The story builds slowly, with a couple of hundred pages spent putting the materials in place for a steadily building climax in the second half of the book, full of setbacks and twists. We discover that not all robots share R. Daneel Olivaw's increasingly spooky paternalism towards the human race, and that Hari Seldon anticipated much more about later events in the Foundation novels than has been previously evident. The software simulations of Voltaire and Joan of Arc (introduced in the first volume by Gregory Benford, to widespread disapproval) have important roles to play, and their contrasting attitudes are used to subtly illuminate the contrasting world-views of the two robot factions in this book - it's increasingly difficult to see why some readers consider them to be extraneous annoyances, rather than integral plot elements. The foundation of Gaia (the mentalic world introduced from left field in Asimov's Foundation and Earth) is prefigured, and there's a distinctly half-baked effort to explain the upsurge in human mentalic abilities as some sort of evolutionary immune reaction by humans, generated in response to the continuing interference in human history by Olivaw's robots. (This explanation is overturned by Brin in the third volume, who then, rather typically, hints at a way of overturning his own explanation.)

A worthy continuation of the Second Foundation Trilogy, and I remove a star simply because the true motives and objectives of the main players are sometimes obscure, making the fast-paced climax seem ultimately arbitrary in its outcome.
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on 7 January 2001
It had the very familiar feel of a true Asimov. With all the inventiveness and searchingly imaginative logic that is so clear and obvious you kick yourself for not having made that connection or projection. The story fits in precisely with the Foundation epics.Giving more insight into the personal life of Harri, Daneel, Lodovik and Dors.
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on 6 August 1999
Having read Gregory Benford's "Foundation's Fear" and being somewhat disapointed by the lack of excitement one comes to expect from novels associated with the Asimov-label, I was not expecting to be bowled over by Greg Bears novel. However, bowled over I was. This is a story which is so busy, so full of action, it makes up for Benfords poor effort. I loved this book, because it explores the issues of robot intervention with mankind very deeply, yet does not waffle nor drag on. There is not a boring moment in this book; a good opening, a stunning climax, and fequent moments of awe inspriring plot twists that almost make you want to check the front cover just to convince yourself you're not actually reading Asimov himself.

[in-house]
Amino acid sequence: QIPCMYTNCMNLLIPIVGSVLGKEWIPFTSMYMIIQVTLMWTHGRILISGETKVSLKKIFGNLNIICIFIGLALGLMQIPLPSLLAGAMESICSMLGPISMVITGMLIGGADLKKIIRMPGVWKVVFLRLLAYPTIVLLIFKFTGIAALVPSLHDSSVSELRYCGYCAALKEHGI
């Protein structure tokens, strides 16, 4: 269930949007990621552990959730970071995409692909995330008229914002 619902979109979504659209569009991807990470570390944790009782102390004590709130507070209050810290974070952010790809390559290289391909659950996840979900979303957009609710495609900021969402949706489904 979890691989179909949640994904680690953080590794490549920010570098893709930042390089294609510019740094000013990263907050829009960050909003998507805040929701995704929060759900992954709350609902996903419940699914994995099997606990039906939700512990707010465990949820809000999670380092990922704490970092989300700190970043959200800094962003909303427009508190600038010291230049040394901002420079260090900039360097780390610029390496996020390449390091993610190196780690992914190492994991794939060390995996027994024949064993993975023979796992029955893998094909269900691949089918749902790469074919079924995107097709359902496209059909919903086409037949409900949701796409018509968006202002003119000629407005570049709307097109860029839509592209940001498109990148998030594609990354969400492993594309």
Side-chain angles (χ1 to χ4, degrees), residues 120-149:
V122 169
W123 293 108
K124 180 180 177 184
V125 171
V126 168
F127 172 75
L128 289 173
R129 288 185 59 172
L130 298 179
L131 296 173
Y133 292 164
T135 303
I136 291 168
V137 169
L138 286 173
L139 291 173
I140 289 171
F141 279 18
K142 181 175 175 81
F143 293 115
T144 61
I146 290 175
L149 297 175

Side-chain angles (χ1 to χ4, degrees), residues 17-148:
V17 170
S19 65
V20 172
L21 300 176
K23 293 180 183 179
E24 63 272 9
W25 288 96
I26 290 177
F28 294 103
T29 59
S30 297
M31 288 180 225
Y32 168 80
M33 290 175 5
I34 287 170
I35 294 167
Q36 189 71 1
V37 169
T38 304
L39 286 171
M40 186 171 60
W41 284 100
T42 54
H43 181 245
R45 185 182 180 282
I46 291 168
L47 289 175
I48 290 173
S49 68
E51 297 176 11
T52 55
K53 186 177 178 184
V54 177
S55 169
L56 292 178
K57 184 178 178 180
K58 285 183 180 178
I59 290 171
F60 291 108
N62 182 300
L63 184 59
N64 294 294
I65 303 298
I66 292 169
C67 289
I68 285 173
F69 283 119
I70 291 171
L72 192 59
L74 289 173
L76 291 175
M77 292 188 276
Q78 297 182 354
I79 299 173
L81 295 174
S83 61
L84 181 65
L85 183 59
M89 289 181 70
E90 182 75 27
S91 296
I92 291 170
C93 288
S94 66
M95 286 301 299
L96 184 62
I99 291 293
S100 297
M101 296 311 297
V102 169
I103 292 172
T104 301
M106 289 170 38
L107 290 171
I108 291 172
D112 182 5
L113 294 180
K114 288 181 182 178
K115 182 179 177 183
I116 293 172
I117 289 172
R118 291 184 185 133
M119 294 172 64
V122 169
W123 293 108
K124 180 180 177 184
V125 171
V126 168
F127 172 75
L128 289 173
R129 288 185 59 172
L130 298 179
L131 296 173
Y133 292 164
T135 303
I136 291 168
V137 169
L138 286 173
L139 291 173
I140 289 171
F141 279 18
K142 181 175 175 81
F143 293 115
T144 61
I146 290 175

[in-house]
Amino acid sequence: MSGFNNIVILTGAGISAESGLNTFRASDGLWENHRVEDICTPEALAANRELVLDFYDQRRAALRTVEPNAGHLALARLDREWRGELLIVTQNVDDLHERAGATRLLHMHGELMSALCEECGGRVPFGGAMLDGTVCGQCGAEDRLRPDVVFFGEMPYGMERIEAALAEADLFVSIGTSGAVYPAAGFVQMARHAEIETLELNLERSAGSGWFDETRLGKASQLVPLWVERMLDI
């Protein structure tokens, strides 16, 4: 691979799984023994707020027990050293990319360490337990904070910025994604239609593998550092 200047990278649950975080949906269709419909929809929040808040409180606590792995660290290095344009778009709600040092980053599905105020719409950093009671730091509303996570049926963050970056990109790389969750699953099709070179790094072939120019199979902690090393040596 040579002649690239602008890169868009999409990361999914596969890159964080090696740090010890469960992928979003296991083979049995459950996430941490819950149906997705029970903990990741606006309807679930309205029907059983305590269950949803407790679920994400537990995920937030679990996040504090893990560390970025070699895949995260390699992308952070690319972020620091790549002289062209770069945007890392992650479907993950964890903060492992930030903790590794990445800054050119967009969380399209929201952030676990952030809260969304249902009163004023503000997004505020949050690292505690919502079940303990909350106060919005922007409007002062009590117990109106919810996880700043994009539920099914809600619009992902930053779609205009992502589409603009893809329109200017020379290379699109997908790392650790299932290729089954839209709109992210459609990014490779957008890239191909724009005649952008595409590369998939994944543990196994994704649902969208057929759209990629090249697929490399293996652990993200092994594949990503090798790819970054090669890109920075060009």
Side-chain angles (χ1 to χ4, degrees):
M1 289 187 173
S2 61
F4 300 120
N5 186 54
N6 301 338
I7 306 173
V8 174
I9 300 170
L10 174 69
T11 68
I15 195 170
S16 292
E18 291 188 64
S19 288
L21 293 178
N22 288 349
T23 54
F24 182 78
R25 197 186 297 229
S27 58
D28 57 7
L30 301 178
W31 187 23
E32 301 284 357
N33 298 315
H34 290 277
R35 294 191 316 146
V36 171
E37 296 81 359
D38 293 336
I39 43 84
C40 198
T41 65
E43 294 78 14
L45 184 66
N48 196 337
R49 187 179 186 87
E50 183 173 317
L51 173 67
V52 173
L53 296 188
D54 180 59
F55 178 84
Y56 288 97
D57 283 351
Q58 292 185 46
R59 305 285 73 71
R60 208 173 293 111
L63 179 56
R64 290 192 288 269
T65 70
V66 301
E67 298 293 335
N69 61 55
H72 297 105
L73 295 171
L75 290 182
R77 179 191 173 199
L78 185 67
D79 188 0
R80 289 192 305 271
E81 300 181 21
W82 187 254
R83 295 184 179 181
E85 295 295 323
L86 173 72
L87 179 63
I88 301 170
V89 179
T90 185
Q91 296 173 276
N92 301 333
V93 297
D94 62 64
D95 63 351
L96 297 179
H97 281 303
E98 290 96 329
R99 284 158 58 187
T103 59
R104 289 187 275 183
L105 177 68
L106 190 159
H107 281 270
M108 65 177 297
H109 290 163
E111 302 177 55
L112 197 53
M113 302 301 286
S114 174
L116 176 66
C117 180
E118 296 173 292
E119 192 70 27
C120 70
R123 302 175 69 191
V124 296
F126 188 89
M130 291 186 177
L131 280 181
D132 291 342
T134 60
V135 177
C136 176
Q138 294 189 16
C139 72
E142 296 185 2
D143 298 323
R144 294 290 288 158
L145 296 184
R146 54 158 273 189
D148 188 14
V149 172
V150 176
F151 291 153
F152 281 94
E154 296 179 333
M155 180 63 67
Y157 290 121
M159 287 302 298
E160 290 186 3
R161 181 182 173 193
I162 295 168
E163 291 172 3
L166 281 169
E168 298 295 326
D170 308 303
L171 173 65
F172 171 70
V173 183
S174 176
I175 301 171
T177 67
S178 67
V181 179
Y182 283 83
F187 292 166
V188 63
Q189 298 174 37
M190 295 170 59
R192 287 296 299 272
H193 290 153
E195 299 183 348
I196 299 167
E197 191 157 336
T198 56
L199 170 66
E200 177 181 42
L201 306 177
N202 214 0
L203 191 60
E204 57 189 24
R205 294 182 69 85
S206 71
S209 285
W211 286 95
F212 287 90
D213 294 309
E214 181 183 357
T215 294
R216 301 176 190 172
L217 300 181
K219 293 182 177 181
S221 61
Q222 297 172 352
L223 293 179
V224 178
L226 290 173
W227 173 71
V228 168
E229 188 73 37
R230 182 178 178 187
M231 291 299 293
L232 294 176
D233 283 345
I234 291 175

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on 6 December 1999
After the major disappointment of the first of the 'new' foundation books, Bear's effort came as a real relief. Partly because it is 2/3rds the size of the first, but mainly because it is better plotted, with more action and intrigue, Chaos was almost impossible to put down. The story actually overlaps with the first Asimov Foundation book by recounting Seldon's trial in greater detail. Can't wait for the final installment: excellent. Just hope people will persevere after Benford's dull contribution.
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on 28 November 2001
Unlike Foundation's Fear, this book builds well on some of Asimov's ideas and remains loyal to them. The story is good but still a little slow at times.
Unfortunately, the Joan of Arc and Voltaire sims are still present from the previous book (and equally pointless and unbelievable).
This cannot compare to the original three Foundation stories. (But then neither could any of Asimov's other Foundation books)
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on 12 March 2016
It reads like Asimov and is a good tale. BUT I'm not sure about the idea of filling in the back story in this way. The problem is that there was no mention of robots in the original Foundation story and this new story gives a completely different spin to the whole idea underlying the original three books.
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on 8 August 1999
Second in the trio, and much better than than the first Daneel and Hari feature in much of the book, which makes for compelling reading. However, some facts seem to be at odds with the original, did Dors die?
Looking forward to the next one...